Report of the State Hermitage - 2006
In September 2007, the Report of the State Hermitage for 2006 was published (Slavia Publishing House). The report opens with an article by museum director Mikhail Piotrovsky entitled "The Year of Rembrandt":
Around the globe this year has been the Year of Rembrandt. The State Hermitage Museum has also participated in the celebrations. A special "museum night", numerous readings, musical soirees, a music and arts festival, the 10th anniversary of the Hermitage Friends' Club, and even chocolates were devoted to the artist's birthday.
Rembrandt has been an inherent part of the Hermitage for a long time; and consequently, the State Hermitage's Rembrandt has become part of the Russian culture. In Russia he has become more than an artist but rather a symbol of Russia's awakening and the synthesis of eastern and western philosophical ideas, which was brought to life by the artist. It also incorporates themes of the father and son, which brings together not only Abraham's Sacrifice, Descent from the Cross, The Holy Family, and The Prodigal Son but also Danae who gave birth to Perseus.
We are proud of our Rembrandts. In honour of him as a prominent etcher, we held an exhibition of Rembrandt's etchings as largely represented in the Hermitage, which became unprecedented in their scope and subtlety of analysis. The collection was presented to the State Hermitage Museum as a gift by the great Russian collector D.A. Rovinsky. His memory, too, is a part of our cultural history.
The exhibition or, rather, festivities in honour of another great collector, Pyotr Semenov-Tyan-Shansky were to be another highlight of the year. Semenov-Tyan-Shansky bought the works of Dutch artists for the Hermitage. An unsurpassed connoisseur of arts, Semenov-Tyan-Shansky was also a great geographer, economist, and statesman. His name brings to mind a whole stratum in Russian history - noble families and houses that have served Russia for centuries and continue to serve. Strange as it may seem, Rembrandt either attracts or irritates malicious people. We know that from the Danae case. It is notable that we discovered a betrayal in the midst of us exactly this year - a theft which involved the participation of the Hermitage Museum's staff. It is probably Rembrandt's unconquerable spirit that helped return a significant part of the loss. The response to the Museum's tragedy also made it easier to see our friends and our enemies. We have purposely published a background book on another betrayal this year - the sale of our collections by the government in the 1920s-1930s.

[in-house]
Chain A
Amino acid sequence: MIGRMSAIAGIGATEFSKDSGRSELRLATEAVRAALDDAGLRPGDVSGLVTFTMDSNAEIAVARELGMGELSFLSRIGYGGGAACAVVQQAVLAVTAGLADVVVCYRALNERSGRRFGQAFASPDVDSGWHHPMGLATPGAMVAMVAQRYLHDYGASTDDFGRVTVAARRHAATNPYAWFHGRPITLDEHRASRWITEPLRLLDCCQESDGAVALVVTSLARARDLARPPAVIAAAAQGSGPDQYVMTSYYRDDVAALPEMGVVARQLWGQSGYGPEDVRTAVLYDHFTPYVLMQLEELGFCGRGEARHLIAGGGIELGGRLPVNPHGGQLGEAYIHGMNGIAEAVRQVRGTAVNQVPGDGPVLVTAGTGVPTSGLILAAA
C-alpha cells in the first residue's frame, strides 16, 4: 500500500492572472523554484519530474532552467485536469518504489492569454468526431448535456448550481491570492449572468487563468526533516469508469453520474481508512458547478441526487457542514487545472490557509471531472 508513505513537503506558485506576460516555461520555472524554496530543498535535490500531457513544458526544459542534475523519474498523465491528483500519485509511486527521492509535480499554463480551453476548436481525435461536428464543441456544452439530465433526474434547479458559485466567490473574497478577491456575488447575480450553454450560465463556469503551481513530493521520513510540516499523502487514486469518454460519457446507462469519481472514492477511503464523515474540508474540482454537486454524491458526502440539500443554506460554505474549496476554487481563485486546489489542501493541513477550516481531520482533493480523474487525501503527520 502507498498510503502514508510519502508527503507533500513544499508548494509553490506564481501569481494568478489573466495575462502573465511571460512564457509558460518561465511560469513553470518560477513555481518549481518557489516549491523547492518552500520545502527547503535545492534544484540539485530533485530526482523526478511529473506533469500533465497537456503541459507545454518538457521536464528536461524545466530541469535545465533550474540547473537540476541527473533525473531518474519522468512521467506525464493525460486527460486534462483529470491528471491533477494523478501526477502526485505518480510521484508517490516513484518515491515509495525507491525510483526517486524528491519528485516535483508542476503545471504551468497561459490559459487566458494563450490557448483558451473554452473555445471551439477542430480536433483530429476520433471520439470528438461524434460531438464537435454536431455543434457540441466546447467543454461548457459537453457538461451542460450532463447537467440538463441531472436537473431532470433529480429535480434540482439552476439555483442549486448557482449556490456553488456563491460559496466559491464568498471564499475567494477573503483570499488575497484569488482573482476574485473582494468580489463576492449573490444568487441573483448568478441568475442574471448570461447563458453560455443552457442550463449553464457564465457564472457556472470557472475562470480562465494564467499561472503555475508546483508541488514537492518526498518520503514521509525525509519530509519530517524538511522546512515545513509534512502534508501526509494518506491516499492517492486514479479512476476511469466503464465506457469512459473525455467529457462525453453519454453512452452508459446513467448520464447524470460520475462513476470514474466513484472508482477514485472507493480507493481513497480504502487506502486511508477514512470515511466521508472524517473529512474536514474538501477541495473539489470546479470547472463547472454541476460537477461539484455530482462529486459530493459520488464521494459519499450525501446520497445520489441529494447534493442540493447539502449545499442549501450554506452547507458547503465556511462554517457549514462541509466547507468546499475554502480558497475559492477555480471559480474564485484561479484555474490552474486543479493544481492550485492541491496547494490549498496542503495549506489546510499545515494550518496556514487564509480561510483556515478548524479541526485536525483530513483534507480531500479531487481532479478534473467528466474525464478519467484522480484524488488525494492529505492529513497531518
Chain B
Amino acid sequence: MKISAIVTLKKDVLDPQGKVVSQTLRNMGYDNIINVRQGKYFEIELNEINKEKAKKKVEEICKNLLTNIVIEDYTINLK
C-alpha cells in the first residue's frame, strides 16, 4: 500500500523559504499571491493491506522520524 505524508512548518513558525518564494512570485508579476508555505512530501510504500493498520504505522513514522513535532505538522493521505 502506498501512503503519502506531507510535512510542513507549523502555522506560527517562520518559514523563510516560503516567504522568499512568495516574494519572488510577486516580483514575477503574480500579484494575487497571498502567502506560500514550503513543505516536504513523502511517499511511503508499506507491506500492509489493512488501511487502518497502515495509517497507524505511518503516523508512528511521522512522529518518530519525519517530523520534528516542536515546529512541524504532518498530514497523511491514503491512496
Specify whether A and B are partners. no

The dogs bark but the caravan goes on. The globally unique halls of Urartu, medieval Armenia and Georgia, were opened after reconstruction. The insights of our art restorers were represented at the exhibition of Oriental filigrees in the 'Hermitage Amsterdam'. Amazing archaeological finds were shown at the exhibition of Mirmeki Treasure. The contemporary art show took shape in the exhibitions of Riopelle, and Italian and Russian kinetic art. The latter, became, somewhat surprisingly, the audience's favourite exhibition of the year. In our supermasterpiece series, we had a chance to admire Degas's The Bellelli Family from the Musee d'Orsay and two Mantegna's paintings from Mantua, of course. Among the events held within The Greater Hermitage Project, three were the most eminent: the exhibition of our Treasure Gallery in the Kremlin, the meeting of the International Advisory Board in our centre in Kazan, and the agreement to establish a Research and Exhibition Centre of the Hermitage in Ferrara. Charity receptions annually held in the Hermitage are taking special form and content and thus becoming a unique cultural event that unites, as a museum must do, all muses in an amazing space.
There are numerous plans. The 'Hermitage 20/21' project has started in
order to find optimal ways of presenting art from the 20th and 21st centuries
at the State Hermitage Museum. The 'Hermitage 2040' project is about to
initiate a master plan for the development of the Hermitage as a special
museum for the 21st century. We are indeed living in interesting times.